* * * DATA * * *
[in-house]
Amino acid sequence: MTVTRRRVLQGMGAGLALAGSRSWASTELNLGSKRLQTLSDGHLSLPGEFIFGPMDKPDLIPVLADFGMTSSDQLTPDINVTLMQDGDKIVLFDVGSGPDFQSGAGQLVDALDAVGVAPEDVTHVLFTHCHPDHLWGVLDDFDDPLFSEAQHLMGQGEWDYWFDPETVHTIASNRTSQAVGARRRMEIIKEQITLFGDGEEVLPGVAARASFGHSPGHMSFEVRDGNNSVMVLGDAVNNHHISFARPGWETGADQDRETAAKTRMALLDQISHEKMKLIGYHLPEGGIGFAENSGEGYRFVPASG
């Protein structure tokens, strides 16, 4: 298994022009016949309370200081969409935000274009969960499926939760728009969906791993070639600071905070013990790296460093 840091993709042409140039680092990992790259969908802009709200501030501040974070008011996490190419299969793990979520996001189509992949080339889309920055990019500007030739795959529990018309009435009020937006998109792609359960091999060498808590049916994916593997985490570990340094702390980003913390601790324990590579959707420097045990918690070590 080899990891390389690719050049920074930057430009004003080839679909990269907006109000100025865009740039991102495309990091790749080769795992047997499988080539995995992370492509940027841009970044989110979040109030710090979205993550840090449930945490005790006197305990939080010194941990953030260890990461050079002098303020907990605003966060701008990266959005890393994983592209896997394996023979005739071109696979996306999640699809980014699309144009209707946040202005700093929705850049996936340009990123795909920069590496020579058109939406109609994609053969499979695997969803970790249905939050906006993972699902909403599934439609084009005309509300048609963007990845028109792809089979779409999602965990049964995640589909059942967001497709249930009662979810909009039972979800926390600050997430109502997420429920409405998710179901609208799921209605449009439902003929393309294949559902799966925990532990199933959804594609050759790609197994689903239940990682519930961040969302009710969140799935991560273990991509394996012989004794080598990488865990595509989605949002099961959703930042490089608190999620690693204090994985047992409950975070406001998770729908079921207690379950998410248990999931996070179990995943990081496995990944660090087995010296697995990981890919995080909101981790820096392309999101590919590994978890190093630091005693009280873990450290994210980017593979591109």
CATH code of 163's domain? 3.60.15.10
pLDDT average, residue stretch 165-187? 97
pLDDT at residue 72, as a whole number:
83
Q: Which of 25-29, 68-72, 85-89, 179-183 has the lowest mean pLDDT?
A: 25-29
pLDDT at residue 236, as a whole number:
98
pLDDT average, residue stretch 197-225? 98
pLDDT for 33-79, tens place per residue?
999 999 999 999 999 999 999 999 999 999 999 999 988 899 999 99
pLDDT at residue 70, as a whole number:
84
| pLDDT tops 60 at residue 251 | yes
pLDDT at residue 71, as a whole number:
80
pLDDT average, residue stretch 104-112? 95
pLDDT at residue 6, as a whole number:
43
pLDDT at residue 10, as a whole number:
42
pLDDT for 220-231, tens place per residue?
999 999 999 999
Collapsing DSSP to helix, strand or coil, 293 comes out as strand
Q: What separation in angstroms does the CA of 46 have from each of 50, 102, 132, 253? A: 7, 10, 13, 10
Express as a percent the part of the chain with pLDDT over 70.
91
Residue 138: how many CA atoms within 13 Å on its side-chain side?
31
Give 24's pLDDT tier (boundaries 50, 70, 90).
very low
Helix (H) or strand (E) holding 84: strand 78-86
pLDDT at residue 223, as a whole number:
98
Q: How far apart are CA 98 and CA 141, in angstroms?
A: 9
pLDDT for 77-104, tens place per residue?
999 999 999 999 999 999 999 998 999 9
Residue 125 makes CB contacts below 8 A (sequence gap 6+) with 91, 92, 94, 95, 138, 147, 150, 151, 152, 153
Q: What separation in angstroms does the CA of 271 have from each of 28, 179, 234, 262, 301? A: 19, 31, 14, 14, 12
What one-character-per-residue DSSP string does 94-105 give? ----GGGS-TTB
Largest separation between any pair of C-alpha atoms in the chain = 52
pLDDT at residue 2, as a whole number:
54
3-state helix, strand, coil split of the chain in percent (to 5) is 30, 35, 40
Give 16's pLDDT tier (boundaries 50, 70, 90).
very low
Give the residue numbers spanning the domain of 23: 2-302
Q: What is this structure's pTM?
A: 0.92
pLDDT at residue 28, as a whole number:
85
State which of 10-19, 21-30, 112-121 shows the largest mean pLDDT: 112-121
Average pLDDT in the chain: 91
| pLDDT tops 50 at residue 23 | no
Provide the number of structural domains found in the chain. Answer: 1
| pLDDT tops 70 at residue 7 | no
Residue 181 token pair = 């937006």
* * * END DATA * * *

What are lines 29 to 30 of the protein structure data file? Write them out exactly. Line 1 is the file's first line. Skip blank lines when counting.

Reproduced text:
Express as a percent the part of the chain with pLDDT over 70.
91